The Affordable Care Act specifically focuses on two areas of transparency: the gathering, assembly, analysis and reporting of clinical and operational data by healthcare providers (e.g., provisions found in the Elder Justice Act ~ Sec. 6703 of the Affordable Care Act); and the assimilation of comparative cost/benefit – i.e., value – information and analysis, particularly relating to provider charges and third-party reimbursement of same (e.g., Health Insurance Exchanges).

With or without the constitutionality of the Affordable Care Act, the message here for SHC providers is quite simple: get used to it.  Nay, if you want to be around in another decade, embrace it.  We are accelerating toward a period of time during which provider culture will be predominantly impacted by data-driven marketing, clinical performance, operational efficiency and financial reality.  And the watchdog enforcing voluntary compliance will not be CMS, state governments or private accreditation: it will be your own stakeholders and constituents.

Key Trend 2: Social Media
People talk – and, of course, people with more time on their hands talk more.  Evidenced by the well-documented social mobilization of the 1960s and 1970s – Boomers know how to communicate.  The intriguing, albeit sometimes almost depressing, realities of electronic social networking offer a challenging conundrum to SHC organizations.  Many, if not most, healthcare providers have embraced that reality in one form or another – whether that’s physicians communicating with patients via e-mail, hospitals using online YouTube videos to promote post-discharge wellness education or organizations like MorseLife in Florida developing an iPhone app (the MorseLife All) that connects seniors in its market to their campus.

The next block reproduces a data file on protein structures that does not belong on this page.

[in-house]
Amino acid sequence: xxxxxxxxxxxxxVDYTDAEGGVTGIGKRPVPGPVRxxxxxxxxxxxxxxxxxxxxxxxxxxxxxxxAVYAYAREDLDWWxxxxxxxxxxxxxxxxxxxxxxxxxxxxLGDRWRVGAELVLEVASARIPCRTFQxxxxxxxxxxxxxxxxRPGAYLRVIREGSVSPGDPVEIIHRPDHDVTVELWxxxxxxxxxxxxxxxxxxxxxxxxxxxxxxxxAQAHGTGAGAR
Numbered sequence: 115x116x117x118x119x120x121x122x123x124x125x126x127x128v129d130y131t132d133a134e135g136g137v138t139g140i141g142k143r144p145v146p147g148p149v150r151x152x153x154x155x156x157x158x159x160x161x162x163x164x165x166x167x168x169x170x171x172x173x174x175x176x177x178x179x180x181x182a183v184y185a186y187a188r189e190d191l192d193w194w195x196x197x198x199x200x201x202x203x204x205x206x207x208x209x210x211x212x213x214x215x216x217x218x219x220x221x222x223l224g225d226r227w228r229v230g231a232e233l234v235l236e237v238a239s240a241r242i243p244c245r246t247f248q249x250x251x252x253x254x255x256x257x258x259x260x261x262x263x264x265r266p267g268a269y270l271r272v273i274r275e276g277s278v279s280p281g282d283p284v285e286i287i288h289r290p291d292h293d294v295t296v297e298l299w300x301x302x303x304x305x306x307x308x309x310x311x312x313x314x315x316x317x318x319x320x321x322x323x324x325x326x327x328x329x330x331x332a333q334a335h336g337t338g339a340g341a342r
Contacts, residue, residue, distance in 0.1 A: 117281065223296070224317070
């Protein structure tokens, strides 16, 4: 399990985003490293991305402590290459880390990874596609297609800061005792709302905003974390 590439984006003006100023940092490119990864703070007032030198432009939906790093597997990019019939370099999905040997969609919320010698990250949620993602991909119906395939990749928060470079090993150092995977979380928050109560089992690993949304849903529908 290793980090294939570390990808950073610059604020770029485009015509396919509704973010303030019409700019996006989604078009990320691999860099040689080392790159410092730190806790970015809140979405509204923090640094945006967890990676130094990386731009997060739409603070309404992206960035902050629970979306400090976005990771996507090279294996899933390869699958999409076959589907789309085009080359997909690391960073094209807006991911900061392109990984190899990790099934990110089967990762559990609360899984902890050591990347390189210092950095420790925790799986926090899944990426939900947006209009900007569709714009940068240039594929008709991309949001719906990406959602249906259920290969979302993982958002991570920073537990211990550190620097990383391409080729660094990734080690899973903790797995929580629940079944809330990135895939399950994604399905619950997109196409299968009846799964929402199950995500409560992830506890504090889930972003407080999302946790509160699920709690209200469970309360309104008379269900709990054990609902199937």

Connecting in real time, however, carries with it a variety of challenges and opportunities.  The clinical side of healthcare (the side that can save your life) requires a keen sense of discipline and objectivity – two elements largely vacant in much of social media.  But there seems to be very little standing in the way of information – and misinformation – being haphazardly propagated as proxy for clinical expertise via such media.  Consumers recognize this risk, and that will offer an opportunity for SHC providers to be positioned within social media based upon their credibility, expertise and authority.  Recognizing this has important implications for brand management.

Key Trend 3: Consumer Empowerment
The underlying objective of increased transparency, access to comparative outcome analytics and evidence-based healthcare/medicine is, of course, to help position the healthcare consumer to be in a position to better advocate for their own healthcare. The benefits of such empowerment, however, will necessarily be tempered to the extent the targeted audience is unable to take full advantage. As we know, this is often true of a senior population that may face a variety of obstacles (e.g., mobility outside the home, effects of medication, propensity toward dementia). For good or ill, it will likely fall upon SHC organizations to play a proactive advocacy role for many disenfranchised seniors.